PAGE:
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Can neuromarketing make you want things that aren’t good for you?

September 30, 2014 0 Comments

(This is the third post in a series about neuromarketing criticisms. The first two posts are here and here.)

child and fast foodPeople doing things that aren’t good for them is a serious personal and public policy problem, sometimes with tragic consequences. But it’s a problem that was with us long before the birth of neuromarketing, and it’s a problem that will remain with us as long as we fight the perennial battle in our own minds between resisting and surrendering to temptation.

Critics who fear that neuromarketing will make temptation even harder to resist have a point. To the extent that products and marketing are fine-tuned to resonate with the more primitive, nonconscious parts of our brains, they will become harder to resist. Especially if people aren’t aware that they’re being influenced, their ability to resist will be severely compromised. This concern is legitimate.

However, critics are wrong when they view neuromarketing as a weapon that can be used only by marketers to erode consumers’ ability to control temptations. In fact, the brain science on which neuromarketing is built is not a weapon for one side or the other. As this science continues to improve our understanding of why people engage in self-destructive behavior, the knowledge it uncovers can be used to develop practical solutions to counter such behavior, not just exploit that behavior. The only question is who will choose to use it.

As we discuss in Chapter 12 (“The Shopping Brain and In-Store Marketing”), personality traits and orientations may have a much larger impact on self-destructive behaviors of all kinds (overeating, addiction, compulsive behavior, excessive risk taking, and so on) than any sort of marketing message, no matter how finely tuned and targeted that message might be.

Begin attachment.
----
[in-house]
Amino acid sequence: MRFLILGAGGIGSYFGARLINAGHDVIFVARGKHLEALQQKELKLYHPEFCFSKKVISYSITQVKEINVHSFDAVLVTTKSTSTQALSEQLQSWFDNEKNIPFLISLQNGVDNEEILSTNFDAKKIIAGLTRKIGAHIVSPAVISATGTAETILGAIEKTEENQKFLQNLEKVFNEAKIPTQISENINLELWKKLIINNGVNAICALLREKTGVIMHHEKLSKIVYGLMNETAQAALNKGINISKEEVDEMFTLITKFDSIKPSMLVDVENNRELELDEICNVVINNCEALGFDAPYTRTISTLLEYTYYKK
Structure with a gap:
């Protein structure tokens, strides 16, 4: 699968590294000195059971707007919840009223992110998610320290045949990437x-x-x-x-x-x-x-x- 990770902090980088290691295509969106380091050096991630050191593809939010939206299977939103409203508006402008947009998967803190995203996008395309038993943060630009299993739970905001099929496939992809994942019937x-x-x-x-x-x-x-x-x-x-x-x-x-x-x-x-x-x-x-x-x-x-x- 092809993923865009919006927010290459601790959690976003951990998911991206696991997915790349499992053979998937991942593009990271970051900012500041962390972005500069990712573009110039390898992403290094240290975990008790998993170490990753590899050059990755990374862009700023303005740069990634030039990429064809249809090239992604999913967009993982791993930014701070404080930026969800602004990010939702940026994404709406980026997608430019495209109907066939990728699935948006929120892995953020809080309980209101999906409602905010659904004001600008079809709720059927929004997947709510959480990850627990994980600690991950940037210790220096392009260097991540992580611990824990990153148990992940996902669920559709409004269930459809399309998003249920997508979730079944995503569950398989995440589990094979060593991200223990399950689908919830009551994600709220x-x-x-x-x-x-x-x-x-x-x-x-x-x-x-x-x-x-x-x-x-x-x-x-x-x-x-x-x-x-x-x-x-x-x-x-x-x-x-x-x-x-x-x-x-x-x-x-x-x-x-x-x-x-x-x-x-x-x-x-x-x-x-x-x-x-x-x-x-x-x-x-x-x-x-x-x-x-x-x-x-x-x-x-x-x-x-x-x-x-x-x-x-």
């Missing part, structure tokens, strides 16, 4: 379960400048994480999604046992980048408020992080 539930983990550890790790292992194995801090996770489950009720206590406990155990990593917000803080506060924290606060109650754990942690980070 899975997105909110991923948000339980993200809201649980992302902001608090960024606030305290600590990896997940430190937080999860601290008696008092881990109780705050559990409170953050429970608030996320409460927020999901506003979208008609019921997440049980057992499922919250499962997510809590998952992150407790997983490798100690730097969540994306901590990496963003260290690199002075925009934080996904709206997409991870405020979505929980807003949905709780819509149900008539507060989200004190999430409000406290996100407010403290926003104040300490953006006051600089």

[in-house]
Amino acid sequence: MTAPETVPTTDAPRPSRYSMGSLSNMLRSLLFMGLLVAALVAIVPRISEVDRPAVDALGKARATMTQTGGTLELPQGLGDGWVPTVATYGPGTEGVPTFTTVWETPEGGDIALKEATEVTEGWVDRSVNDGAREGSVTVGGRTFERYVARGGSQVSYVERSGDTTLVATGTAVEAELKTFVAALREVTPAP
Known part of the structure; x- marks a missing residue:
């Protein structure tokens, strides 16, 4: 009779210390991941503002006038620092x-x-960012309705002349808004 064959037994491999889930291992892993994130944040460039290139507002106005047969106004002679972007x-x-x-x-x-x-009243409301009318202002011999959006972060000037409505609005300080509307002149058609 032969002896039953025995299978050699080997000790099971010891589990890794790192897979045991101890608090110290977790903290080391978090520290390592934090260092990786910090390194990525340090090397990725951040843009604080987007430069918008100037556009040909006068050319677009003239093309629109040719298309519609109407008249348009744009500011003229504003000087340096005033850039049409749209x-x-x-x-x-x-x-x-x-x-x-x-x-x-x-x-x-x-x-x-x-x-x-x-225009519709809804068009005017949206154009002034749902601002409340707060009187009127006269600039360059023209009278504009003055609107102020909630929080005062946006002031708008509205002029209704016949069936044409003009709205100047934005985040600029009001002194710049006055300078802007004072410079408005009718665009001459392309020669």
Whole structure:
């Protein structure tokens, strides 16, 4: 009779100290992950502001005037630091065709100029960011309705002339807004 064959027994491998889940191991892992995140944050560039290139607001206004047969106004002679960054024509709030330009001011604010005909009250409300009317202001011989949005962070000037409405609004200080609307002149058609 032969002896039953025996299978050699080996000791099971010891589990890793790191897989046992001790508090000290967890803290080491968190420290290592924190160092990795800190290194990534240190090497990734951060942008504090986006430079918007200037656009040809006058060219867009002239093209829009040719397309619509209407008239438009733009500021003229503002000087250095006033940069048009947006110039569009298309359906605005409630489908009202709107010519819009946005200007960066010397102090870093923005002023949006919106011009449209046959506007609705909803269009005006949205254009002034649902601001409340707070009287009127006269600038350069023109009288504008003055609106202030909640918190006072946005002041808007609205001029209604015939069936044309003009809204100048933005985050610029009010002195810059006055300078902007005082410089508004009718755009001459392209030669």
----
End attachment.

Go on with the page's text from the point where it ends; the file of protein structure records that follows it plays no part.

Neuromarketing does not literally make us buy things, or do things, whether those things are good for us or not. Marketing is certainly in the business of trying to make us buy things, and neuromarketing is certainly in the business of helping marketing, but ultimately human beings can’t be made to do anything they don’t at some level want to do. Ask any marketer — if it were that easy, everybody would be doing it.

N4D-cover -120pxThis post is excerpted, with minor edits, from Neuromarketing for Dummies, Chapter 4, “Why Neuromarketing Matters.”

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About the Author:

AvatarSteve is a writer, speaker, researcher, and marketing consultant. He is author of Intuitive Marketing (2019), a study of persuasion and influence in marketing theory and practice, and co-author of Neuromarketing for Dummies (2013), a comprehensive overview of neuromarketing science, applications, methodologies, and ethics. He is Managing Partner at Intuitive Consumer Insights, where he focuses on marketing education and consulting.

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